Who is at risk?

Current risk to the general U.S. public remains low. At this time, there are a small number of cases in the U.S. To minimize the risk of spread, health officials are working with healthcare providers to quickly identify and evaluate any suspected cases.

Travelers to and from certain areas of the world may be at increased risk. See www.cdc.gov/travel for the latest travel guidance from the CDC.

Those who are considered close contacts of the Snohomish County case are being contacted individually by public health staff and monitored for symptoms.

How can I protect myself and my family?

The CDC recommends avoiding non-essential travel to China. Regardless of where your travels take you, we advise you to always check CDC advisories before your trip.

If you recently traveled from Wuhan, China, or have been in close contact with someone who has a confirmed case or is under investigation for novel coronavirus 2019, and if you are experiencing symptoms, call ahead to your medical provider before going in. This allows time to set up an appropriate plan so others are not exposed.

Make sure you are following standard illness prevention steps.

  • Wash hands frequently and thoroughly with warm water and soap. Think you’ve washed them enough? Wash again.
  • Clean and disinfect frequently used surfaces. Follow instructions on the product label for disinfectants, and check that the product is registered with the EPA.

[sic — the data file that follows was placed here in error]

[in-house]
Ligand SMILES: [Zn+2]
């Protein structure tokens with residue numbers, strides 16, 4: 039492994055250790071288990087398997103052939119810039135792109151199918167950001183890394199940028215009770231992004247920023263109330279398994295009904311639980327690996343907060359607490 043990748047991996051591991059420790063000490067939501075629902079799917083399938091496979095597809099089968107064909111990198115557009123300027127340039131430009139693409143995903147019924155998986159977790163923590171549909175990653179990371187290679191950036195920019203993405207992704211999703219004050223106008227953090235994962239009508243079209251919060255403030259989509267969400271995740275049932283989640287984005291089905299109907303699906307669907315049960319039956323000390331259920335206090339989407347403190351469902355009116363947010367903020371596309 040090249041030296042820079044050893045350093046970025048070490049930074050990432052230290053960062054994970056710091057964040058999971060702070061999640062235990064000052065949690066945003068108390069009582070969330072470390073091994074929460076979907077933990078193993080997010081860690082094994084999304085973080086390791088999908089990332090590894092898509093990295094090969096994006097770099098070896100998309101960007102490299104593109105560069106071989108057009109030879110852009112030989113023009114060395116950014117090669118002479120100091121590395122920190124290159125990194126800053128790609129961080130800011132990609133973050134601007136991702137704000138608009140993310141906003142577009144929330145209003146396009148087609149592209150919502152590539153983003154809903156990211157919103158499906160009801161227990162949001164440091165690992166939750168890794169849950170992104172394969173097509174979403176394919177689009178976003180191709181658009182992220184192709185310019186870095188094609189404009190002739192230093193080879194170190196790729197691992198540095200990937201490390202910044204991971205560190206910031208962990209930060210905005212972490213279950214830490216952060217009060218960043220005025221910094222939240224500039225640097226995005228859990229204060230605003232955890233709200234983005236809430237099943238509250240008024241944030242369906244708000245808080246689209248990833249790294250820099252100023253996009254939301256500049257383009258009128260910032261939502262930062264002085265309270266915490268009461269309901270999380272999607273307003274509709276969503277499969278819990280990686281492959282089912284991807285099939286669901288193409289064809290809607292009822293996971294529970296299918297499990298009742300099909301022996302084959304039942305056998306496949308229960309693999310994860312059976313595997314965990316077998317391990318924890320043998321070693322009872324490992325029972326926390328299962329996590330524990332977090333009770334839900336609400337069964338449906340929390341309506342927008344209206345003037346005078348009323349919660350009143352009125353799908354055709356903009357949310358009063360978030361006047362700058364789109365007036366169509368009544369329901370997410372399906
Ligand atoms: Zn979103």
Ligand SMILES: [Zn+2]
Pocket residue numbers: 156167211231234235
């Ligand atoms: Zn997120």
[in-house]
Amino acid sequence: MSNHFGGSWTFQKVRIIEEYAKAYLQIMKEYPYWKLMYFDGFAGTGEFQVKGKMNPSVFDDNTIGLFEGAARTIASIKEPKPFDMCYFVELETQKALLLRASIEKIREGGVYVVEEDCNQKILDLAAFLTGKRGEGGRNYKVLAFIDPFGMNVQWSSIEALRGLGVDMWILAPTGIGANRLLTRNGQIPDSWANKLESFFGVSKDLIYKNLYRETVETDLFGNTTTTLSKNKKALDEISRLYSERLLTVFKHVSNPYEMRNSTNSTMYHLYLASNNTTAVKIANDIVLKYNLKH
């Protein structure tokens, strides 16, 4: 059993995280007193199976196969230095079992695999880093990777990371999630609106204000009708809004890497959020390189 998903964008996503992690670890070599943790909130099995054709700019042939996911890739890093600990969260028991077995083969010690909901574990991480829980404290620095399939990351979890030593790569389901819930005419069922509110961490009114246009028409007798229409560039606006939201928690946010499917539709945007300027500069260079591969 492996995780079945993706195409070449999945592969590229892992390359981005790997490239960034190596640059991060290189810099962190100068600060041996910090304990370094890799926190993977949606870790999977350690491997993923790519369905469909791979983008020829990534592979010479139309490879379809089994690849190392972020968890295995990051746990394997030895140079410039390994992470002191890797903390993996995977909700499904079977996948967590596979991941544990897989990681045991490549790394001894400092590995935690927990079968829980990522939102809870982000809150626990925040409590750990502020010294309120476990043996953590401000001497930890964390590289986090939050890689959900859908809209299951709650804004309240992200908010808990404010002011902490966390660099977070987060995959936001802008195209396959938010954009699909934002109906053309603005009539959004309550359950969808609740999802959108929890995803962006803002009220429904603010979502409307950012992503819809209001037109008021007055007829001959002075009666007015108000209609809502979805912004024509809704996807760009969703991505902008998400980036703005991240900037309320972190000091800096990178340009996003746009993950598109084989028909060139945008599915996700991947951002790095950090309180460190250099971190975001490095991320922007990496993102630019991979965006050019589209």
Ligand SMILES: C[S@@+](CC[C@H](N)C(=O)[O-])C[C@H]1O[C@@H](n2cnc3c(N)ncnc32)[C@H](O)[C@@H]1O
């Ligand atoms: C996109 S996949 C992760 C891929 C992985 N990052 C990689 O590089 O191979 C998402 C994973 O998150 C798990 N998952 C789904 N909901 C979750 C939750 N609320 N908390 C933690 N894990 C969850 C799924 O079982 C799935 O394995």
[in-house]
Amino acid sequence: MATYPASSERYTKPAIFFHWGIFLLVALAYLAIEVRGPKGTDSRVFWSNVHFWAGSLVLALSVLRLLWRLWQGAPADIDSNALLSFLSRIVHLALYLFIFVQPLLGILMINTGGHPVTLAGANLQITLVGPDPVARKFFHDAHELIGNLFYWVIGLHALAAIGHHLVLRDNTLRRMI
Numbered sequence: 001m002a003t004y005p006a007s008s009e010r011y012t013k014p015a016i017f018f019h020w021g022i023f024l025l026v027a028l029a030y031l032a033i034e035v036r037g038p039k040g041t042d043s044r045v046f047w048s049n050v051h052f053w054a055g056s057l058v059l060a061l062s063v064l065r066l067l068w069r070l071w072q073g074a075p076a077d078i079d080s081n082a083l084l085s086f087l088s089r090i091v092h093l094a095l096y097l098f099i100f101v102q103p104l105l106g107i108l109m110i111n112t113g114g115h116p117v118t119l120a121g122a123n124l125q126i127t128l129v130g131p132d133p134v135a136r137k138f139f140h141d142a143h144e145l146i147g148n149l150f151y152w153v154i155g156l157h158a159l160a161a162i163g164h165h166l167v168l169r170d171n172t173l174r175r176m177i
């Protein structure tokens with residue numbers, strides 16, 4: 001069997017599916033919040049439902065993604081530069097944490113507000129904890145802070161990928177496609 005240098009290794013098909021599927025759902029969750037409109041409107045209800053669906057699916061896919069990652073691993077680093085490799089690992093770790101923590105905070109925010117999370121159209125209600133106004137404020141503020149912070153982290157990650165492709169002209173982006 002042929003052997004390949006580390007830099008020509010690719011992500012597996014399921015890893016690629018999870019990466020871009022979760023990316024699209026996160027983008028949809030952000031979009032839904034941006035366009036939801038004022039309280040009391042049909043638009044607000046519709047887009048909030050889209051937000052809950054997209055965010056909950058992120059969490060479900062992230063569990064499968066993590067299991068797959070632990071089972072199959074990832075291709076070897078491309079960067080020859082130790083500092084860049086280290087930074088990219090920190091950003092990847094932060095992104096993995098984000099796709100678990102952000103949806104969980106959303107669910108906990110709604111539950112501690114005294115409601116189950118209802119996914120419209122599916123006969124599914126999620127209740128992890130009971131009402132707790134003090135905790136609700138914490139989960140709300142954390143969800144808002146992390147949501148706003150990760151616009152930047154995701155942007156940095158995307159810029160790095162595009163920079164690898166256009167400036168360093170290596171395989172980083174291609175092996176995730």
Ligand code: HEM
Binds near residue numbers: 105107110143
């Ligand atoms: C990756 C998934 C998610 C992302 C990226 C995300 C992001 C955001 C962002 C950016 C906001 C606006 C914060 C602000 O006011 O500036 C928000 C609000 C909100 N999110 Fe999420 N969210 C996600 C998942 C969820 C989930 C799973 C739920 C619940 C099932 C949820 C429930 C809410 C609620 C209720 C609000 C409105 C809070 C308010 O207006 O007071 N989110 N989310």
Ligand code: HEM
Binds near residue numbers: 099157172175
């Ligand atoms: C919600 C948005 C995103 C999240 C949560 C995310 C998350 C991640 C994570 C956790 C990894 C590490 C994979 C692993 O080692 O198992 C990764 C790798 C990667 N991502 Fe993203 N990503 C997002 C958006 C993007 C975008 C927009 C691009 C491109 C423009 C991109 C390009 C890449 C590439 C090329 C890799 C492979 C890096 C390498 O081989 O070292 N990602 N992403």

• Cover coughs or sneezes with a tissue, then dispose of the tissue and wash your hands.
  • If you are sick, stay home. Keep sick children home, as well.
  • If you do visit a clinic and have any respiratory symptoms, wear a mask. Most medical facilities provide these masks near the entrance or at the front counter.

Why isn’t there a public list of locations the patient went to between the airport and the clinic?

Public health staff is directly communicating with people who are considered close contacts of the Snohomish County case. Based on how the virus is believed to spread and how similar viruses spread, we have been able to identify and directly notify exposed individuals. Those who are being contacted include people who were in the clinic when the patient was there, who worked in close contact with the patient, or who were on the flight with the patient.

Extensive interviews have been done with the patient, as they will be if additional cases are identified. If it is determined that there are locations where the virus may have spread and we cannot contact people directly, that information will be released quickly.

Should I wear a medical mask to avoid exposure?